A Police Officer noted that suicides in Torres Strait Islander are rare compared to Cape York; whereas drownings are a much higher cause of death in the Straits . This was confirmed by [a] Police officer , who had been on Thursday Island x, said there were not many suicides in the Torres Straits; he had seen only three suicide incidents on Thursday Island , and hardly any elsewhere. The incidence is close to that of the mainstream. He was unaware of any attempted suicides in custody.

However the Correctional Services officer commented that the majority of clients (ex prisoners) suffer from negative type casting and spoke of suicidal tendencies amongst prisoners coming out of jail. “We do get some suicidal ones; then we send them to Health (twice a year visit from a psychiatrist); there is a psychologist but usually only stay for a short time…and may change every six months. It is hard to get continuity. Had a couple who have ‘talked the talk’ on suicide.”

Two suicides (one successful, one attempted), were reported to the author from x [one island], .


One of these Police commented that the Torres Straits had “pretty good suicide statistics – not so high”; whilst another Police x [officer] argued that the reason why there were not have high suicide rates in the Torres Strait Islander were due to the presence of strong Christianity, a unique cultural aspect x.


Memmott et al (2001:46-47) provided a brief national description of ‘self-injury’ for Indigenous Australia as follows:-

Self‑injury: includes self‑mutilation; like suicide, occurring with increasing frequency; a prominent pattern is a history of interpersonal loss and unstable relationships; frequently associated with alcohol consumption; evidence of higher frequency among males and childless women; recent evidence of high frequency among victims of child sexual abuse.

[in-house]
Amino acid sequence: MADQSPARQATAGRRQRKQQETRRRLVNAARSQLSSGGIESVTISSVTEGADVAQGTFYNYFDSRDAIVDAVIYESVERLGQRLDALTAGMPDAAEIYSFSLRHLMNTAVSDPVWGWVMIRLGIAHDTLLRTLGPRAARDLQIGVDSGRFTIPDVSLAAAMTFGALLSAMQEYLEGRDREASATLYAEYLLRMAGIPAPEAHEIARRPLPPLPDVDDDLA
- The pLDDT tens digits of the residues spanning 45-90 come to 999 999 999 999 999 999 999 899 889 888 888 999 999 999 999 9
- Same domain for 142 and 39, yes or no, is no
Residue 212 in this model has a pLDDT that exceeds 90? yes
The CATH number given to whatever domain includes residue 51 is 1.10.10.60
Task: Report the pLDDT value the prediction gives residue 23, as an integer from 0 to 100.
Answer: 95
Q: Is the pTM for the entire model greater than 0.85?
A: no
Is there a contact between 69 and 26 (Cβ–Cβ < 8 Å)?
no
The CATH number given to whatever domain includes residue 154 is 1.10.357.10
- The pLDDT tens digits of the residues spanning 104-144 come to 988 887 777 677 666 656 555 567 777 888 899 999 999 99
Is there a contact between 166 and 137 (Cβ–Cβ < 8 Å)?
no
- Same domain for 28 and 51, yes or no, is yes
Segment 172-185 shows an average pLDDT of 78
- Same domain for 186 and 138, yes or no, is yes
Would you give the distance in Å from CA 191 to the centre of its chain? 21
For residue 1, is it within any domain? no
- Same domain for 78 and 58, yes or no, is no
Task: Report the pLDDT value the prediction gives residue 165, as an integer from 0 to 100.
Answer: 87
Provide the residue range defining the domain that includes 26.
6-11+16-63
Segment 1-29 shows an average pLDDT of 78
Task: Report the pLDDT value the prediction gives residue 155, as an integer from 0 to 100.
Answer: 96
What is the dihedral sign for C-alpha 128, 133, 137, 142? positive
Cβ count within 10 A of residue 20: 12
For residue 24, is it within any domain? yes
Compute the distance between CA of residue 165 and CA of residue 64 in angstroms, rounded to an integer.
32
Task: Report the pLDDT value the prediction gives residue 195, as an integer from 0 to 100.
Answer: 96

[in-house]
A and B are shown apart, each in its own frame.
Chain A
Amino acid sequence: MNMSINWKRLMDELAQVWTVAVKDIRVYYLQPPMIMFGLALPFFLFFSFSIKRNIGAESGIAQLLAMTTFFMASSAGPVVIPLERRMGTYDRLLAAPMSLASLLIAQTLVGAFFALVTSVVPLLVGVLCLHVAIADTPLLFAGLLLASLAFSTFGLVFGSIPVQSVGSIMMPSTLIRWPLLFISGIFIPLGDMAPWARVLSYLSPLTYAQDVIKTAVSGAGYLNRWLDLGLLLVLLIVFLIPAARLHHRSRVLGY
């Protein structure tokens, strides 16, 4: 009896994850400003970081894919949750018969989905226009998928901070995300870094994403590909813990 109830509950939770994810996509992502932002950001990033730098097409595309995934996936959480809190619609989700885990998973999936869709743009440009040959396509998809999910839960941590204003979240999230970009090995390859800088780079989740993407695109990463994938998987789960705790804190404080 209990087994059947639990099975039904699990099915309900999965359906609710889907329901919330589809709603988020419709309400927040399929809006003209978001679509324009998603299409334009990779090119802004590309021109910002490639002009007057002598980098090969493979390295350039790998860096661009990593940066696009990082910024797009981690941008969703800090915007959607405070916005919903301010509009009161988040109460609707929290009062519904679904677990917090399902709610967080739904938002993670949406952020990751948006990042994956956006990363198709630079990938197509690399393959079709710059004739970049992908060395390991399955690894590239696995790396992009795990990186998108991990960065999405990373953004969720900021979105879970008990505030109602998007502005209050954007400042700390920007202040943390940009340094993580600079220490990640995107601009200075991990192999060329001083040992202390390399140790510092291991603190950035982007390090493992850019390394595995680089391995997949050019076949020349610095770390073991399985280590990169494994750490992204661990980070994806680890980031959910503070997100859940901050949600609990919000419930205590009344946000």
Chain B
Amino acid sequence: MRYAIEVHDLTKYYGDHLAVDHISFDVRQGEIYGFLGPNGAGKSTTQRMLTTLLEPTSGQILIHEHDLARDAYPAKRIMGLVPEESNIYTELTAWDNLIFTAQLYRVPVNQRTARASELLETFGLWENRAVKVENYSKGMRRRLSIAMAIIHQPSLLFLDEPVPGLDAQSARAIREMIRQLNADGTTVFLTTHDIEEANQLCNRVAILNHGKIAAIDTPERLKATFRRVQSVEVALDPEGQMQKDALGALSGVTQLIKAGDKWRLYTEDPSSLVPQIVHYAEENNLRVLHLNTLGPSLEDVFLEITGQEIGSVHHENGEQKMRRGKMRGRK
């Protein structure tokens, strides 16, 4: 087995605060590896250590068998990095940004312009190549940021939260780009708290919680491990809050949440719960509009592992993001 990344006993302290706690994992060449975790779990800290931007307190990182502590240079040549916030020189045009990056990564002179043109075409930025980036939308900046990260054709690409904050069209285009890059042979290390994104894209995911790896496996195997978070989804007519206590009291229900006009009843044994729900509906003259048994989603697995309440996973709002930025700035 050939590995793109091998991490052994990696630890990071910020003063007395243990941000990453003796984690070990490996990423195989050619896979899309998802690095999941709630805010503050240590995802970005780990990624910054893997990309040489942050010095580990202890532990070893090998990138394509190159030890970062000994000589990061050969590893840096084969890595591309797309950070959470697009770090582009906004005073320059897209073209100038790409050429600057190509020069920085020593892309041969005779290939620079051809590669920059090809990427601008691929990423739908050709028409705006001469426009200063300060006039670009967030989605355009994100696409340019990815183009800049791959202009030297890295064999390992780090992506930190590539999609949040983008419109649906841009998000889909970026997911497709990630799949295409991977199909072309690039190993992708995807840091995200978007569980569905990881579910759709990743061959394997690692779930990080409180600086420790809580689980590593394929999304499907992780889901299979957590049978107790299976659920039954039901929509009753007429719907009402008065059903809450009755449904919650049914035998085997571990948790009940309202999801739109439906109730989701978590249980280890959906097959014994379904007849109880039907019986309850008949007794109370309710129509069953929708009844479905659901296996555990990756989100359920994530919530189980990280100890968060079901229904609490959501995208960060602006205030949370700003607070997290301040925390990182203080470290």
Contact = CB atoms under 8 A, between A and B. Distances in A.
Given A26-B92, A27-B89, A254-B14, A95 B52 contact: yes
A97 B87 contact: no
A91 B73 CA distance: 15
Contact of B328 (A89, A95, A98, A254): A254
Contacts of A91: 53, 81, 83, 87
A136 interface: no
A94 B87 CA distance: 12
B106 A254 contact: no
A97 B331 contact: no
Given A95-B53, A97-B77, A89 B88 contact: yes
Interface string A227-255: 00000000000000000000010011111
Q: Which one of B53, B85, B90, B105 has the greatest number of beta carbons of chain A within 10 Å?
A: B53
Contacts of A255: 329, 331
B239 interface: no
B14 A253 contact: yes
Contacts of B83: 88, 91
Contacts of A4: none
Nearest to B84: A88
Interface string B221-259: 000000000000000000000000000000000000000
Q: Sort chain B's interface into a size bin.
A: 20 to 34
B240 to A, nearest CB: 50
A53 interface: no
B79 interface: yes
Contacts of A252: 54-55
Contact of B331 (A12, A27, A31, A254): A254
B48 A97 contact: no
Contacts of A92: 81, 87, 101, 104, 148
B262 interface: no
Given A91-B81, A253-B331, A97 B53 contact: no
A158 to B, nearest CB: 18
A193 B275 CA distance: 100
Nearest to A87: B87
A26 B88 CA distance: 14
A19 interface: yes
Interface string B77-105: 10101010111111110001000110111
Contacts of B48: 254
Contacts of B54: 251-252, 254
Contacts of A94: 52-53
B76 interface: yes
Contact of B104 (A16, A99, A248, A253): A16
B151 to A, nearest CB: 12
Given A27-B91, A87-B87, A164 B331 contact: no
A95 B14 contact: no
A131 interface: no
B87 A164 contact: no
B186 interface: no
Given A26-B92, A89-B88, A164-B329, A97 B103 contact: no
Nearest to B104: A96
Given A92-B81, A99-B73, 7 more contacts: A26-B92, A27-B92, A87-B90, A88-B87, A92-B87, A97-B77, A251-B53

The Police Officer said that self-harming was gradually increasing, especially at Thursday Island. “We are starting to see self-harming, some of it is copycat. x f

A copycat syndrome was reported by a[n interviewee who] said there had been a suicidal death in the community. There was inadequate counselling in the community after this. Then a second youth, who witnessed the first event, attempted suicide. . The need for suicide counselling was highlighted by this case.

A x Police Officer recalled that misuse of a substance caused one child’s death in c2003 – the only one recorded; it was a ‘big shock’ .

A[n interviewee] x described one attempted suicide, which he said occurred out of anger; x . But he then concurred that this was probably an accidental injury. Might be the winner or the loser who does it, after a conflict. x

Same-sex, one-on-one, adult conflicts

Memmott et al (2001:47-48) provided a brief national description of ‘same-sex, one-on-one adult fighting’ for Indigenous Australia as follows:-